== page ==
We were in seats just beyond first base, the sun beating on our backs, with Tony Gwynn stretching out just 20 feet away. We stretched out too -- reaching for an icy beer -- and wallowed in the geniality of the Peoria Sports Complex, the spring home of the San Diego Padres and Seattle Mariners.
My husband, C.P., and I love baseball, and we love sunshine even more. So a trip to spring training, where workouts began mid-February and games run through April 1, had long tempted us. After all, it's a chance to see major league players in a minor league atmosphere, up close and human. What could be sweeter?
So last year we made the trip. Phoenix offers accommodations for any budget, with plenty of low-cost motels near the six Cactus League parks in and around the city. (Two more parks are a few hours south in Tucson.) We opted for a somewhat upscale site, the Buttes, a Wyndham resort in Tempe, where a masseuse and fancy pool awaited us.
We took an early Friday flight from Orange County into Sky Harbor International Airport, rented a car and ate breakfast at a local chain with the irresistible name of the Good Egg. Filled with a pot of coffee and freeway tips from the host, we looked over used bookstores, then headed northwest about 30 minutes to Peoria. There, in the land of retirees, we found the Peoria Sports Complex.
We'd heard that Chicago Cubs games at HoHoKam Park sell out, but that at other Arizona parks, fans can walk up and buy tickets. We did just that. When we arrived, all seats between first and third base were sold, but all I cared about was sitting close to Gwynn, the Padres batting stud who is my all-time favorite player. So we happily paid $24 for two seats down the first-base line. (No surprise that the price has gone up this year to $26 a pair.) Real penny-pinchers can plop down just $4 and spread out on the lush grass in either outfield.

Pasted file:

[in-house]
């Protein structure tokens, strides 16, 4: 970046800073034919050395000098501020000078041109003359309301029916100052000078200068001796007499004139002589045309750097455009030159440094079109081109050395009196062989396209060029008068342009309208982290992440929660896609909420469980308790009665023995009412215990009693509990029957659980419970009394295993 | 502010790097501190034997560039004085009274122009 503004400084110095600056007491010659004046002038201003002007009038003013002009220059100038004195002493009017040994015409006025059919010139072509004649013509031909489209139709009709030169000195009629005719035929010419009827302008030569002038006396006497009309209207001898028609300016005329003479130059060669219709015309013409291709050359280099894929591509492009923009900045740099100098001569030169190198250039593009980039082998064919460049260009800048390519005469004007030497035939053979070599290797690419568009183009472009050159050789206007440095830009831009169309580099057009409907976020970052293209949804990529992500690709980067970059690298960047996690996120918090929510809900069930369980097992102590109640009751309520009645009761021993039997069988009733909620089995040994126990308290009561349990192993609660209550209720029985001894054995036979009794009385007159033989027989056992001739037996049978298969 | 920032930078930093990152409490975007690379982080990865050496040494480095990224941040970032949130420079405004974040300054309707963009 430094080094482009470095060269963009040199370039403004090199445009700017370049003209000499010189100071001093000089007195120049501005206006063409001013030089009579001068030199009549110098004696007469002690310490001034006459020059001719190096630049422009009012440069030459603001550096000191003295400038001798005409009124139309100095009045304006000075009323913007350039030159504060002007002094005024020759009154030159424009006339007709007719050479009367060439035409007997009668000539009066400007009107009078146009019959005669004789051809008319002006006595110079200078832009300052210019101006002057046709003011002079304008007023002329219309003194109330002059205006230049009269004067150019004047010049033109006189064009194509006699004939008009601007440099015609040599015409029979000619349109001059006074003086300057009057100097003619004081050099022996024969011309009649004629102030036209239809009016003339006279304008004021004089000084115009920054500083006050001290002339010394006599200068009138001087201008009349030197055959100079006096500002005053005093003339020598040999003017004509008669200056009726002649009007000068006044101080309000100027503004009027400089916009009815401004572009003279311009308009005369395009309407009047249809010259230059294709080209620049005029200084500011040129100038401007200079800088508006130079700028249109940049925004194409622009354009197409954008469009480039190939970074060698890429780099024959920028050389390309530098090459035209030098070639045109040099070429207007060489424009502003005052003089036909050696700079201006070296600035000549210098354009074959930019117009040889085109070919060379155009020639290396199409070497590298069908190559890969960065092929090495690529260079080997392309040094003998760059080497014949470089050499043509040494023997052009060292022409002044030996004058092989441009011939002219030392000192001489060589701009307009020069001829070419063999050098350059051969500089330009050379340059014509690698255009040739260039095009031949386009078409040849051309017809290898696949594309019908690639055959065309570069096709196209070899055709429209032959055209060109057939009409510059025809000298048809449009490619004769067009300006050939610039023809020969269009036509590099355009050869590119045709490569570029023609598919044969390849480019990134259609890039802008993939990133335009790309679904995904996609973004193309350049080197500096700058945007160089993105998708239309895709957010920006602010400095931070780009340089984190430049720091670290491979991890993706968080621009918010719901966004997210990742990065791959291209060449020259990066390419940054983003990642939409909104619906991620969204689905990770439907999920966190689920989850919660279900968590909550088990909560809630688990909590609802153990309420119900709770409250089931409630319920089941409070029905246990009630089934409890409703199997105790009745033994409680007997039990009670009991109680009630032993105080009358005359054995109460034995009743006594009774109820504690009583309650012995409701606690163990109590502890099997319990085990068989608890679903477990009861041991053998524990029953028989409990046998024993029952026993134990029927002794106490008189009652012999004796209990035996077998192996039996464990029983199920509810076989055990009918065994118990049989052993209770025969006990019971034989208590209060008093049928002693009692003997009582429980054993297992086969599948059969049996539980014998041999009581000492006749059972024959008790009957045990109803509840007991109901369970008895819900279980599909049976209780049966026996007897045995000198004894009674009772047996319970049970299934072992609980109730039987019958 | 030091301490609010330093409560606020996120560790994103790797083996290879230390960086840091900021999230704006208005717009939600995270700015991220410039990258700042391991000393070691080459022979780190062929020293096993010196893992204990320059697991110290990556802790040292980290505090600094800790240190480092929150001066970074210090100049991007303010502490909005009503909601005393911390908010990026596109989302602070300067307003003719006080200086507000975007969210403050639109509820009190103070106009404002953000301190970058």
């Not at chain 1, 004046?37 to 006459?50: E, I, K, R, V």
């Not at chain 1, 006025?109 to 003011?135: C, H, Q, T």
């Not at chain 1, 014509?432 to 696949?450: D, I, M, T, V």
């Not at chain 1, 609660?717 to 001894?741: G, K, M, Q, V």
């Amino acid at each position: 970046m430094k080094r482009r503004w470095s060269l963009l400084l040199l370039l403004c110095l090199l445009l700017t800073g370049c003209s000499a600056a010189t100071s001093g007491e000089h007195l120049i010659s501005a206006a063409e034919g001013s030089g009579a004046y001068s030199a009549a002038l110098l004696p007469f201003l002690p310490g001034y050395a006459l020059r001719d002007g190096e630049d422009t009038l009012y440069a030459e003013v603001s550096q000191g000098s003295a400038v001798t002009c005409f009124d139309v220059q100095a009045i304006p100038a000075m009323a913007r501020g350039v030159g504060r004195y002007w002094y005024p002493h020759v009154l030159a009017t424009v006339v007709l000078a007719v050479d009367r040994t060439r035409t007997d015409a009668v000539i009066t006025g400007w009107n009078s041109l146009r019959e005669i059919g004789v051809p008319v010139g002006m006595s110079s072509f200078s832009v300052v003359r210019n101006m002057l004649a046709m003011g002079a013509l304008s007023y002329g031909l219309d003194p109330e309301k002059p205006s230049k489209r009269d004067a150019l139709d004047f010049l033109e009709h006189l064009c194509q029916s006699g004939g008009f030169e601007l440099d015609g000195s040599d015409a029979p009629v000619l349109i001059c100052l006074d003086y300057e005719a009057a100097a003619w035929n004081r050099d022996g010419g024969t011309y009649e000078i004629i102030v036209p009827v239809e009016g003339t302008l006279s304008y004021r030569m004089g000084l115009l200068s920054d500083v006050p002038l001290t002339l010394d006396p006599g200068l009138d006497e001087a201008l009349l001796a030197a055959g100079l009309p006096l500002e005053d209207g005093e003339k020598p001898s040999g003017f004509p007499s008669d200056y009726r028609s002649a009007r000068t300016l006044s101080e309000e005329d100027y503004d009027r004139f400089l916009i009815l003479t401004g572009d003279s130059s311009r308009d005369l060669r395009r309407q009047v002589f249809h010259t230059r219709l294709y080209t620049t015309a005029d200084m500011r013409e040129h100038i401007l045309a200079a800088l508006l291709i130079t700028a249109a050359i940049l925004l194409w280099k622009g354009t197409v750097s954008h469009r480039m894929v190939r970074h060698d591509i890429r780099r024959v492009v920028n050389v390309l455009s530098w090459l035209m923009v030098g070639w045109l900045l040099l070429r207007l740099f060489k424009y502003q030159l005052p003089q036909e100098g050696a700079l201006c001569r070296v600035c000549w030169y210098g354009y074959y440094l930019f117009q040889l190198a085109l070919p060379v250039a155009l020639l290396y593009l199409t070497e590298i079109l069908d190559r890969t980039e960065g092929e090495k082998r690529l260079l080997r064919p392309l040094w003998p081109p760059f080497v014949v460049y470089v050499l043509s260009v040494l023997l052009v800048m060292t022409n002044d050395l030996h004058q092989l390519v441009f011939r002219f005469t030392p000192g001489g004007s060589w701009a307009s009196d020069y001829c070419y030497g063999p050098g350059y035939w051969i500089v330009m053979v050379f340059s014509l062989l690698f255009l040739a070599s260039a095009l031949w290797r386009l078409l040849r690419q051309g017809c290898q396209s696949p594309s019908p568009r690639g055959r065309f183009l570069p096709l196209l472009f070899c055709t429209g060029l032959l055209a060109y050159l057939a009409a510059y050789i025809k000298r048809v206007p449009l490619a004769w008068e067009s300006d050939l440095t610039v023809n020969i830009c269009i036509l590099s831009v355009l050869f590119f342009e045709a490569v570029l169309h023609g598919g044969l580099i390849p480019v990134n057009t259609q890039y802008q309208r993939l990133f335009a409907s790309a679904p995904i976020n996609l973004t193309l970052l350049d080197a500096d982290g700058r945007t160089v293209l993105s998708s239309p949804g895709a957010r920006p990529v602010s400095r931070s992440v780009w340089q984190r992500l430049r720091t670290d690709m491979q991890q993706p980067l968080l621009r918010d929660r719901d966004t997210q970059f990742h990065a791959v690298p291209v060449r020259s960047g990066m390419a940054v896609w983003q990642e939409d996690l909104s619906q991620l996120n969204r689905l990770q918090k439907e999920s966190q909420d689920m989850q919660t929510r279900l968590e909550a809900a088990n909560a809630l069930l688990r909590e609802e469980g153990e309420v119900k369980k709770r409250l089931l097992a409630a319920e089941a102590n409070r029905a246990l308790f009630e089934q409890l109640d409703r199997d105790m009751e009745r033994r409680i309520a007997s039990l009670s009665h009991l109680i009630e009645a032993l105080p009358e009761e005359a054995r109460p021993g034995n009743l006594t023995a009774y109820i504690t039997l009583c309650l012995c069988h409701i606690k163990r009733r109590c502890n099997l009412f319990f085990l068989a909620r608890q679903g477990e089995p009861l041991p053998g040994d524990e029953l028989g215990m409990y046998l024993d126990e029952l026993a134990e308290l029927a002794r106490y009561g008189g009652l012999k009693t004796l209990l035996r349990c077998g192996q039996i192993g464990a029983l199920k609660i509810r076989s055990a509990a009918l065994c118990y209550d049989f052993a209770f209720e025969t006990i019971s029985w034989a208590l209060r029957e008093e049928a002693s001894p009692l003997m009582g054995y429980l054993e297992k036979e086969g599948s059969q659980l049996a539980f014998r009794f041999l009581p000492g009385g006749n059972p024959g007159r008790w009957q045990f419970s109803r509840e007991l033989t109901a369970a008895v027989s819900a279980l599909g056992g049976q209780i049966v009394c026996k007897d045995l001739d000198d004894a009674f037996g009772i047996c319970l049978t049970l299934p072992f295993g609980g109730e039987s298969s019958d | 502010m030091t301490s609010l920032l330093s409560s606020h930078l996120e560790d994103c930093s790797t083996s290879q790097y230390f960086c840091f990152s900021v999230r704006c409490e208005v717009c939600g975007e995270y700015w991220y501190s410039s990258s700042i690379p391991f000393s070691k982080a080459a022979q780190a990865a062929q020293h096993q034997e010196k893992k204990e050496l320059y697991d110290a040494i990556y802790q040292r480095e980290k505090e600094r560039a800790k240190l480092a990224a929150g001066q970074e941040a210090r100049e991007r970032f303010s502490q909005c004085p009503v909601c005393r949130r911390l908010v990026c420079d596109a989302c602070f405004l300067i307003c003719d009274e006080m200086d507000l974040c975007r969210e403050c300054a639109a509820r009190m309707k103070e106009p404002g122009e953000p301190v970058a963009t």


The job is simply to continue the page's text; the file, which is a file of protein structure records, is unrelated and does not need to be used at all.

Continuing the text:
There was a smattering of Giants fans in the stands, but it was essentially a San Diego crowd, and I like San Diego crowds. They like to have fun, they chatter knowledgeably about their team and they make friends with the person in the next seat.
A young woman attempted the national anthem in about half a dozen keys, and then there was the first play of the game: A San Francisco player bunted, and a Padres catcher's throw to first veered sharply into the stands. We needed no more reminders that this was spring training. Didn't matter. The game was a slugfest, with each team taking turns at the lead. Thanks to Gwynn and a mid-game appearance by my second-favorite Padre, reliever Trevor Hoffman, San Diego outscored the Giants. Clearly, the coming season looked promising, right? (OK, so the Padres finished the season in last place.)
Once the Padres put the game away, we headed southwest to Tempe. At rush hour it took a good 50 minutes, but who cared? At home, commuting may be bad, but when you're on vacation, it's just seeing how the locals live.
We found the Buttes easily. Walking around the edge of the hotel grounds, we couldn't help but hear and see cars whizzing by on Interstate 10. In what seems an attempt to mask the noise, the Buttes has waterfalls throughout the property. They did the trick, making us forget the traffic.
Despite all my careful research, we were stunned to see the Angels' spring training park, Tempe Diablo Stadium, about 50 paces from our wing of the hotel. I was, however, disappointed to find that massages were booked all day Saturday and Sunday morning.